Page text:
To solve this problem, with a proper evaluation function, the simulation is performed as effectively and systematically as possible. To do that, a conventional optimizing method can be used. As such a conventional method, the simulated annealing (SA) method has become popular.

In the SA method, the optimizing search space is represented with parameters. By a converting operation with parameters including a probability element, a desired solution is searched for by trial and error. In the SA method, it is important to consider how search parameters are structured for the problem they are to be applied to, (in this case a problem of a two-dimensional layout of rectangles), and when a particular parameter is given, how the given parameter is converted into a particular space (namely, laid out two-dimensionally) and how the obtained result is evaluated.

These points should be considered for individual problems and solutions. In reality, the optimization by the SA method has been attempted with the standard cell method, slicing floorplan method, and BSG method.

However, the aforementioned conventional solving methods have the following drawbacks.

In the standard cell method, so as to simplify a given problem, the lengths of cells and the two-dimensional layout thereof are restricted. According to this method, although the problem is simplified, it is not assured that wiring among the cells are optimum. It is logically clear that when such restrictions are not applied, better layout results can be obtained.

In the slicing floorplan method, since the slicing in two process is repeated, special layouts such as a four-rectangle-chained shape cannot be represented. Although a modification method for representing such a shape has been studied, complicated calculations are required.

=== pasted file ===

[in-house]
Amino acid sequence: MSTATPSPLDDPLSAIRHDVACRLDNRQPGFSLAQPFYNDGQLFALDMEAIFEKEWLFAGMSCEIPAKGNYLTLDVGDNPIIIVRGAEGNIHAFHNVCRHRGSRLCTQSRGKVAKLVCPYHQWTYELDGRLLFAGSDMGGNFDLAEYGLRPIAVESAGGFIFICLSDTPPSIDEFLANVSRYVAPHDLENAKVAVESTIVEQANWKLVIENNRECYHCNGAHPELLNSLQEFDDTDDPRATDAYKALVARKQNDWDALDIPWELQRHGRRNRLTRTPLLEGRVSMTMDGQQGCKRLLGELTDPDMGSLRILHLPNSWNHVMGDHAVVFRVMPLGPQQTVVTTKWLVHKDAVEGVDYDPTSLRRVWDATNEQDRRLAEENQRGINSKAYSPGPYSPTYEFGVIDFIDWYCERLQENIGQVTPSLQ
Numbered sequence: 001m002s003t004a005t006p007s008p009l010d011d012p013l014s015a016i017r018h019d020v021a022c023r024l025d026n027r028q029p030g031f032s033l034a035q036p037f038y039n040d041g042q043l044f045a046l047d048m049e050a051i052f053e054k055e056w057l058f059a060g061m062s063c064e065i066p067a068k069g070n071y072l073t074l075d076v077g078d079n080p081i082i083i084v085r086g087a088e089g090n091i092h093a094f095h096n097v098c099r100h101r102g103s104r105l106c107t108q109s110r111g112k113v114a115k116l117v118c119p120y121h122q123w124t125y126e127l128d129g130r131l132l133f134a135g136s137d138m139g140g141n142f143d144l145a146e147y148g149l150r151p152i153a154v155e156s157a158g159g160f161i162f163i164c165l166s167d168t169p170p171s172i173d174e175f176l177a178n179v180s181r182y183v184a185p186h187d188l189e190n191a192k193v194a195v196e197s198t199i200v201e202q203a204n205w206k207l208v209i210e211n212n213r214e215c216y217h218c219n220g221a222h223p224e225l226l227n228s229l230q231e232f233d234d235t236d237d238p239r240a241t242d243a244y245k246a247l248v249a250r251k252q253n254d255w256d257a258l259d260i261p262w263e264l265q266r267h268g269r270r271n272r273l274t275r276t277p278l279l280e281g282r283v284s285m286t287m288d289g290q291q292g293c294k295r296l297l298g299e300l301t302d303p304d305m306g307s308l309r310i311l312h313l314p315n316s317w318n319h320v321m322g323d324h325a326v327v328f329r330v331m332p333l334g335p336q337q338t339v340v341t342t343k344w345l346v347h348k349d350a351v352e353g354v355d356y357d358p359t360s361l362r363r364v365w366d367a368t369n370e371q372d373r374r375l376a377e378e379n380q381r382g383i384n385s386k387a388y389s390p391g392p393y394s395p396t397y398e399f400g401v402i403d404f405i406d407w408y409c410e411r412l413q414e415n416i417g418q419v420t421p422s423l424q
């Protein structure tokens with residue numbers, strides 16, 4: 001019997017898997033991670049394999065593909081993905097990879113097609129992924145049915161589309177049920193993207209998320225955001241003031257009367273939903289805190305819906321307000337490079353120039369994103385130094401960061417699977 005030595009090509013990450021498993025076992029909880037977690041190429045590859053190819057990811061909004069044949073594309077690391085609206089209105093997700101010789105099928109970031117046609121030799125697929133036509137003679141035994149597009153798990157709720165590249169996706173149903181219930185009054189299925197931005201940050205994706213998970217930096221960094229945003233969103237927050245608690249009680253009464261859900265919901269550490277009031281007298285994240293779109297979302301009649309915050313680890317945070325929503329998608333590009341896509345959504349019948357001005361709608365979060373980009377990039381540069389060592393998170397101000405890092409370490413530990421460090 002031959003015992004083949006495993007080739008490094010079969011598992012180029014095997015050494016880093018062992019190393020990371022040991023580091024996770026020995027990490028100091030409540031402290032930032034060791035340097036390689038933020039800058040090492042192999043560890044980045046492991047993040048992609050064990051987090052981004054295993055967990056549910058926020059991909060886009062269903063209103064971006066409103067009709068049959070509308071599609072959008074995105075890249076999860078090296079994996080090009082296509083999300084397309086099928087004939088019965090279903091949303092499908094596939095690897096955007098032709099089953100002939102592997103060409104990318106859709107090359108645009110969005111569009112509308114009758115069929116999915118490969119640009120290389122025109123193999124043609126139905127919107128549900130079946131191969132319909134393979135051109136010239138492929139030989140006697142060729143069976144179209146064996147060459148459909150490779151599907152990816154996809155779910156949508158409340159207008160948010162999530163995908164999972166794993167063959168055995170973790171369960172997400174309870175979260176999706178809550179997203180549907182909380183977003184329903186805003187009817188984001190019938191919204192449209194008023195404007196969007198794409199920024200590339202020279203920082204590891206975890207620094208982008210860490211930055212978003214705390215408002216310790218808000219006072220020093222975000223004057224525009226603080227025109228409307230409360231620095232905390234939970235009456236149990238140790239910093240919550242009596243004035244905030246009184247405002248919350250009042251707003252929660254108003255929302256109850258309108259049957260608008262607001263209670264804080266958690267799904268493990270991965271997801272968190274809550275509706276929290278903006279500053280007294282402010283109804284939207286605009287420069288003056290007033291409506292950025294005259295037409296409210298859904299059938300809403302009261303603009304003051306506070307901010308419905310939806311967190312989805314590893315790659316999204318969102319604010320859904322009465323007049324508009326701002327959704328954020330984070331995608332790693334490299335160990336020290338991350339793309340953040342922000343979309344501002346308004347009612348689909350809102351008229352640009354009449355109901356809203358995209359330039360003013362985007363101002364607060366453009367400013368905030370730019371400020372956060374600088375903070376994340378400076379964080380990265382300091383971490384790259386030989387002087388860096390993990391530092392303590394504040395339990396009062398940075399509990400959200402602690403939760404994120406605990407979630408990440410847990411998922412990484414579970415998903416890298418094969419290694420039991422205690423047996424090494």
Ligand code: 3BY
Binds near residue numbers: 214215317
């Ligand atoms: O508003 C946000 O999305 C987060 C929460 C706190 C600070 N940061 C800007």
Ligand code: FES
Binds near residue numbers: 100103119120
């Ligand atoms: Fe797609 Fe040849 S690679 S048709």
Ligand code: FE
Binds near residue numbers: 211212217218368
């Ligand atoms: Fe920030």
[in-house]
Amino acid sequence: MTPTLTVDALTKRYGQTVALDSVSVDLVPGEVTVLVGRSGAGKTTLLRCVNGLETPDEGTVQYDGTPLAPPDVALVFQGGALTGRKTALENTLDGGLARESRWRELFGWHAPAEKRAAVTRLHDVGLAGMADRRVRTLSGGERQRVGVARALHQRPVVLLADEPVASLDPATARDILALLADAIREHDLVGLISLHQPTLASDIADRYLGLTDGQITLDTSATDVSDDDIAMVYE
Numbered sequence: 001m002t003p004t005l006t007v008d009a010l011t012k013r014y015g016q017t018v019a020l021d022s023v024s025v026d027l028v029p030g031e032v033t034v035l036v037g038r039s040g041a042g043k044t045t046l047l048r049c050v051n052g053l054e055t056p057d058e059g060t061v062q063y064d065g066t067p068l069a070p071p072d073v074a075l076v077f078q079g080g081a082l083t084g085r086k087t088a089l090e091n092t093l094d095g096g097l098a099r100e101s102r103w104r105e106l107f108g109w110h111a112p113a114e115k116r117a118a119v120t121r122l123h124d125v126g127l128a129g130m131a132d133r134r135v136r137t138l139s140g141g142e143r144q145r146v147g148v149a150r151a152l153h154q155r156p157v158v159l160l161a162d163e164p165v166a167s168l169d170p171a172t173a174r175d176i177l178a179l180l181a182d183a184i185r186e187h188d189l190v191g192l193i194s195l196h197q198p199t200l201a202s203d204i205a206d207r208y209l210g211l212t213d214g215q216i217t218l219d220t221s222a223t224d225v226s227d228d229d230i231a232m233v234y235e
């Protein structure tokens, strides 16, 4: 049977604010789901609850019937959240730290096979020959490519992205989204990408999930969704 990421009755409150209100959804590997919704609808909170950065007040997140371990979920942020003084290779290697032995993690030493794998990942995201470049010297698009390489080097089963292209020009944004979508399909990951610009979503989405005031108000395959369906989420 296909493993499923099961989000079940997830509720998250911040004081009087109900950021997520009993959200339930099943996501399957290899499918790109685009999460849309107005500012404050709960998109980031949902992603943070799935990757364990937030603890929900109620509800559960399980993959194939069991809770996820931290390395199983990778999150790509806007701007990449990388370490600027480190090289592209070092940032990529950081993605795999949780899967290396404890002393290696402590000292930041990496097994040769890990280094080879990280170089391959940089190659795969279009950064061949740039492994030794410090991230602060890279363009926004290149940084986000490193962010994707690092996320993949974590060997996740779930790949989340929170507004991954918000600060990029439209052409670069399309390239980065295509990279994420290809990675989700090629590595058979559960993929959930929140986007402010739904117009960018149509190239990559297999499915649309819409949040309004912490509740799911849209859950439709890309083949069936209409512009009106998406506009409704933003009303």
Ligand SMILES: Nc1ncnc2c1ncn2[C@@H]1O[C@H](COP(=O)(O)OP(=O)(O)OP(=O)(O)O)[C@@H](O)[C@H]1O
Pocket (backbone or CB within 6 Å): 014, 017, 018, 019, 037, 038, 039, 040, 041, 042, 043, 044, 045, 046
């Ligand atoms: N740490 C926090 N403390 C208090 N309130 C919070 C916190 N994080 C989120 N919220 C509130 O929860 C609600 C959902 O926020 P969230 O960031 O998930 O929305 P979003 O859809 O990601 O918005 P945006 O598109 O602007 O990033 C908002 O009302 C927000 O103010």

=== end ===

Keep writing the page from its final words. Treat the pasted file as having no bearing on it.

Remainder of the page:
In the BSG method, the structure of the grids is special and complicated. In addition, the restrictions are strict. In other words, unless many blanks are inserted on the grids, cells cannot be freely laid out. Thus, the BSG method is used for automatically optimizing a layout of cells corresponding to the SA method, rather than creating a BSG that represents a two-dimensional layout by a designer. Although good results from calculations in the SA method have been obtained at the laboratory level, they should be further improved for practical use.

As described above, although many CAD tools for two-dimensional layouts have been developed and used, with respect to calculation time and quality thereof, there are still many problems to be solved.

In the designing phase of a cell layout for a VLSI that requires high performance, it is stated that a manual layout performed by an experienced designer is superior to an automatic layout. In addition, as the structure and scale of the VLSI have become complicated and large and the required design period has become short, a new approach for solving the problem of a two-dimensional layout has been strongly desired.

SUMMARY OF THE INVENTION

An object of the present invention is to provide a two-dimensional layout apparatus for accurately and promptly solving such a two-dimensional layout problem and a method thereof.

A first aspect of the present invention is a two-dimensional layout system having a storing unit and a layout unit for designing a layout of a plurality of objects. The objects are any physical resources that have shapes and sizes.

The storing unit stores a priority rule for layout positions. The layout unit determines the layout positions of the objects in a layout space according to the priority rule for the layout positions. The priority rule for the layout positions represents a predetermined rule for determining priority layout positions of objects in the current layout space.